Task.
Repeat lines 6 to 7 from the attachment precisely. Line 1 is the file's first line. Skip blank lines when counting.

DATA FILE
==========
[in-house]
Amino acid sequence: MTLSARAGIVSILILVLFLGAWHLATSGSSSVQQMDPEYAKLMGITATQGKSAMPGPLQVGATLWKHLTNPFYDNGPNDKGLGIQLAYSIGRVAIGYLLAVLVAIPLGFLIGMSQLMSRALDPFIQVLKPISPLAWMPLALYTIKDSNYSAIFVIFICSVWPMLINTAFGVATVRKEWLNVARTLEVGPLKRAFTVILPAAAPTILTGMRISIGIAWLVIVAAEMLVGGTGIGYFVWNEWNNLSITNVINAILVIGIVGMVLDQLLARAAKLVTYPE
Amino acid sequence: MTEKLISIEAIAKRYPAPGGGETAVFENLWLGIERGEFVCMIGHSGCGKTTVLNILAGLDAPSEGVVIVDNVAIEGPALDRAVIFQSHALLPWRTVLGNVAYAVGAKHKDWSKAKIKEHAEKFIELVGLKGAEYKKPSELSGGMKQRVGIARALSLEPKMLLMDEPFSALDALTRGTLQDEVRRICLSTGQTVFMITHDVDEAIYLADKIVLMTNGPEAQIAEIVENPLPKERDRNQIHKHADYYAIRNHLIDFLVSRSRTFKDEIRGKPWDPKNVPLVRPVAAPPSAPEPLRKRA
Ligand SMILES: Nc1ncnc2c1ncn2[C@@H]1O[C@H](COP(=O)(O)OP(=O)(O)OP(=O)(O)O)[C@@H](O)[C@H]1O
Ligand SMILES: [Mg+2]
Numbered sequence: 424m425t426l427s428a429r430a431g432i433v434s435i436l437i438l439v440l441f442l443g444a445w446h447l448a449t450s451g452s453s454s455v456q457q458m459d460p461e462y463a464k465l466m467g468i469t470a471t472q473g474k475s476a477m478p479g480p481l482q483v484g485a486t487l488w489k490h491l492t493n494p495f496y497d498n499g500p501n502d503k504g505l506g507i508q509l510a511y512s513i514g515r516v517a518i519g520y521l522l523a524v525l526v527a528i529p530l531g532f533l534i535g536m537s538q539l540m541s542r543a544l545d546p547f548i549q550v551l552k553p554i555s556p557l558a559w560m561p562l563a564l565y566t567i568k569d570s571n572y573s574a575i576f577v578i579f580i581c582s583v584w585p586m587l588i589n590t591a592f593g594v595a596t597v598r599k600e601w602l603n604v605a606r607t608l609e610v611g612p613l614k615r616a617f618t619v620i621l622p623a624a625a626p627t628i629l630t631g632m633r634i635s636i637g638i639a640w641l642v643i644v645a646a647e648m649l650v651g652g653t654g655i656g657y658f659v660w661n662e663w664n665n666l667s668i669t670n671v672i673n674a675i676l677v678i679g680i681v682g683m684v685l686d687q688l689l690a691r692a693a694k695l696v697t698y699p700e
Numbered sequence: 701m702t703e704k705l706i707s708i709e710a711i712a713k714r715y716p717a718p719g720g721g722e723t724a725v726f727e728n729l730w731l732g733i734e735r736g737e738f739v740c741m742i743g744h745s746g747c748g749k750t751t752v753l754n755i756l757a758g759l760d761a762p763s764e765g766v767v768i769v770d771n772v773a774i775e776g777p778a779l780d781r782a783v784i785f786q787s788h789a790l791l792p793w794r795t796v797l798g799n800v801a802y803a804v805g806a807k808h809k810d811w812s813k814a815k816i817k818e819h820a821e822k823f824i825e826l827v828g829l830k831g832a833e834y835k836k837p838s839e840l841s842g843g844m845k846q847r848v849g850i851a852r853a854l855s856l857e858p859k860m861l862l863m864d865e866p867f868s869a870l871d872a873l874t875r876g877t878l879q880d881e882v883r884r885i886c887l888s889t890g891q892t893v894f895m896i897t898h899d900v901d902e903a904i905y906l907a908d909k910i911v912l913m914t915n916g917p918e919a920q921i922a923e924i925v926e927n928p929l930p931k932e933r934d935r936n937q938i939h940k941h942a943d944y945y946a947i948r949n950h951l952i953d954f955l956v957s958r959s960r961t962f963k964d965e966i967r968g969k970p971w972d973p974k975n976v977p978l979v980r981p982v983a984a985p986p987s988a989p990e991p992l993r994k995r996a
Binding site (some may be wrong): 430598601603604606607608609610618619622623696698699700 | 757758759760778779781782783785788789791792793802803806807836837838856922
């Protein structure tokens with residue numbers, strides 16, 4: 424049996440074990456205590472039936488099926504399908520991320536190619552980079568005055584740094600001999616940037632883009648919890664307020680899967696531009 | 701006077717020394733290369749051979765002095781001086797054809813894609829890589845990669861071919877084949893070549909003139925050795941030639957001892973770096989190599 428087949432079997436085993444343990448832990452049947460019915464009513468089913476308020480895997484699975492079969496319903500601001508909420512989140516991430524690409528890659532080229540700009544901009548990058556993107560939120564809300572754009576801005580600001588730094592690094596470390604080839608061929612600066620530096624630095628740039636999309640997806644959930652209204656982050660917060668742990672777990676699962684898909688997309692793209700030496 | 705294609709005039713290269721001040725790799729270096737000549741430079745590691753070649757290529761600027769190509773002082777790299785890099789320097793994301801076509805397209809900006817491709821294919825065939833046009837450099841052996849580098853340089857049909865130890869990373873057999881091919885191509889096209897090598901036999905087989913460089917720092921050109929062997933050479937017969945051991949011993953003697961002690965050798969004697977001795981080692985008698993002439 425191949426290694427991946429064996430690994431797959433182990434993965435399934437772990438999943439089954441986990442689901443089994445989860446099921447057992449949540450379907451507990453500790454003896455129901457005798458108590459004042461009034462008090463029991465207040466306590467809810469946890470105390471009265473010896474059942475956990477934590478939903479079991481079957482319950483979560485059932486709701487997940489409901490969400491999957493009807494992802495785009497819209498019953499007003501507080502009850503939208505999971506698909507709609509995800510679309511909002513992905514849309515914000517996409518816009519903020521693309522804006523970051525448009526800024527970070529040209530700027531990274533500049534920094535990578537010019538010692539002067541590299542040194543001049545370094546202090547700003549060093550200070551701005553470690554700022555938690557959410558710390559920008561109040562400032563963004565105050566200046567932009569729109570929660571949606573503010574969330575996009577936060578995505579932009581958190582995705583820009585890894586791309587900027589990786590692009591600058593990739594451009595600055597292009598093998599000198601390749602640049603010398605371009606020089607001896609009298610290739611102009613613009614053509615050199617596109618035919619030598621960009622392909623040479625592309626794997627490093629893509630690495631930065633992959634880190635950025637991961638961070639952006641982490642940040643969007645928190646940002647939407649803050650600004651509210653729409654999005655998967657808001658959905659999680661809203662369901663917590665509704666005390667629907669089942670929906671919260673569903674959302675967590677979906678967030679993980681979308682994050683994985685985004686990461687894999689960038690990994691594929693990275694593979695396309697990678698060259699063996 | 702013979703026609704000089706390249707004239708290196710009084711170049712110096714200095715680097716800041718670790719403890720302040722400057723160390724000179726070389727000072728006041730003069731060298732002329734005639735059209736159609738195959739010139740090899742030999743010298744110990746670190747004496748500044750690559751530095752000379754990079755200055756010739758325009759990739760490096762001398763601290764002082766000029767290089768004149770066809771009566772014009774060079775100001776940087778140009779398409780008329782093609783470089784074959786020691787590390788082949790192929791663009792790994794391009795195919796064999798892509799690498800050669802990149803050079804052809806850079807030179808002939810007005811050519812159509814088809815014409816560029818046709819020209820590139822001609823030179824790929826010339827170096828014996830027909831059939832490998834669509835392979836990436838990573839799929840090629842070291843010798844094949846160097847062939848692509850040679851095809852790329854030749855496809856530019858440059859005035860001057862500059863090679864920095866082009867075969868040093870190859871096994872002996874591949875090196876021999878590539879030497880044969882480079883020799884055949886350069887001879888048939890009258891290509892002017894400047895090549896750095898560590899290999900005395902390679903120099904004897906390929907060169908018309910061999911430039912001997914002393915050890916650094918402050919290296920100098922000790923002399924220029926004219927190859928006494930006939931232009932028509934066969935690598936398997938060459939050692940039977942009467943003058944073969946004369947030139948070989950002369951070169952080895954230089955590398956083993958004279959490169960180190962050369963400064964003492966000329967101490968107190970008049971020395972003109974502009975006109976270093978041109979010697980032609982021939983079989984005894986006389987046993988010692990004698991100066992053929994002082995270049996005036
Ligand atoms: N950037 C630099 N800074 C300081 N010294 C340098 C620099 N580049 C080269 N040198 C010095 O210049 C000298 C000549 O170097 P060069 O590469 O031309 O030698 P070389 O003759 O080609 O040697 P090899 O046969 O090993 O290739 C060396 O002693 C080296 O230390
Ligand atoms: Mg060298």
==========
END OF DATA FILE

Numbered sequence: 424m425t426l427s428a429r430a431g432i433v434s435i436l437i438l439v440l441f442l443g444a445w446h447l448a449t450s451g452s453s454s455v456q457q458m459d460p461e462y463a464k465l466m467g468i469t470a471t472q473g474k475s476a477m478p479g480p481l482q483v484g485a486t487l488w489k490h491l492t493n494p495f496y497d498n499g500p501n502d503k504g505l506g507i508q509l510a511y512s513i514g515r516v517a518i519g520y521l522l523a524v525l526v527a528i529p530l531g532f533l534i535g536m537s538q539l540m541s542r543a544l545d546p547f548i549q550v551l552k553p554i555s556p557l558a559w560m561p562l563a564l565y566t567i568k569d570s571n572y573s574a575i576f577v578i579f580i581c582s583v584w585p586m587l588i589n590t591a592f593g594v595a596t597v598r599k600e601w602l603n604v605a606r607t608l609e610v611g612p613l614k615r616a617f618t619v620i621l622p623a624a625a626p627t628i629l630t631g632m633r634i635s636i637g638i639a640w641l642v643i644v645a646a647e648m649l650v651g652g653t654g655i656g657y658f659v660w661n662e663w664n665n666l667s668i669t670n671v672i673n674a675i676l677v678i679g680i681v682g683m684v685l686d687q688l689l690a691r692a693a694k695l696v697t698y699p700e
Numbered sequence: 701m702t703e704k705l706i707s708i709e710a711i712a713k714r715y716p717a718p719g720g721g722e723t724a725v726f727e728n729l730w731l732g733i734e735r736g737e738f739v740c741m742i743g744h745s746g747c748g749k750t751t752v753l754n755i756l757a758g759l760d761a762p763s764e765g766v767v768i769v770d771n772v773a774i775e776g777p778a779l780d781r782a783v784i785f786q787s788h789a790l791l792p793w794r795t796v797l798g799n800v801a802y803a804v805g806a807k808h809k810d811w812s813k814a815k816i817k818e819h820a821e822k823f824i825e826l827v828g829l830k831g832a833e834y835k836k837p838s839e840l841s842g843g844m845k846q847r848v849g850i851a852r853a854l855s856l857e858p859k860m861l862l863m864d865e866p867f868s869a870l871d872a873l874t875r876g877t878l879q880d881e882v883r884r885i886c887l888s889t890g891q892t893v894f895m896i897t898h899d900v901d902e903a904i905y906l907a908d909k910i911v912l913m914t915n916g917p918e919a920q921i922a923e924i925v926e927n928p929l930p931k932e933r934d935r936n937q938i939h940k941h942a943d944y945y946a947i948r949n950h951l952i953d954f955l956v957s958r959s960r961t962f963k964d965e966i967r968g969k970p971w972d973p974k975n976v977p978l979v980r981p982v983a984a985p986p987s988a989p990e991p992l993r994k995r996a